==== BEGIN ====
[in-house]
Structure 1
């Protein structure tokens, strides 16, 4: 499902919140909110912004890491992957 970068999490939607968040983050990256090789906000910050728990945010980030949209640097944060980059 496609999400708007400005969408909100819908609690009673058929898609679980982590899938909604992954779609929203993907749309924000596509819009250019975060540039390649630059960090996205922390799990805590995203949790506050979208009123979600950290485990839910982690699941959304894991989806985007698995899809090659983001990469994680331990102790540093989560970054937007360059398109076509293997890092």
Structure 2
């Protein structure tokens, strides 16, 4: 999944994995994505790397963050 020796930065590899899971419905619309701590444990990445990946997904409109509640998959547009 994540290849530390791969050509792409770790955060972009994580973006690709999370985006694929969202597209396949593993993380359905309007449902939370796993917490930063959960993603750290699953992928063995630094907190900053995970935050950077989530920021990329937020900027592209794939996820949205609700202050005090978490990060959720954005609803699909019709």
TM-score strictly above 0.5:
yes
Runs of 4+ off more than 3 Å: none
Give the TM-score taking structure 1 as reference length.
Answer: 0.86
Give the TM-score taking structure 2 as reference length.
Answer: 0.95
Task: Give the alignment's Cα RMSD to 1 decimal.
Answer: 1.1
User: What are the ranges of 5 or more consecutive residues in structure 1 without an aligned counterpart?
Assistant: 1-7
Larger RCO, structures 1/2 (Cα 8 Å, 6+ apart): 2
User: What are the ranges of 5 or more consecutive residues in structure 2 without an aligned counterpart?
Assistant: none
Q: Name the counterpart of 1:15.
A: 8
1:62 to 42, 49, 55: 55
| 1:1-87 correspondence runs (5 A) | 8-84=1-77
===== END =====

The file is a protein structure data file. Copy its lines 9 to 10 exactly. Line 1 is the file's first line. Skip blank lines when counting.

Give the TM-score taking structure 1 as reference length.
Answer: 0.86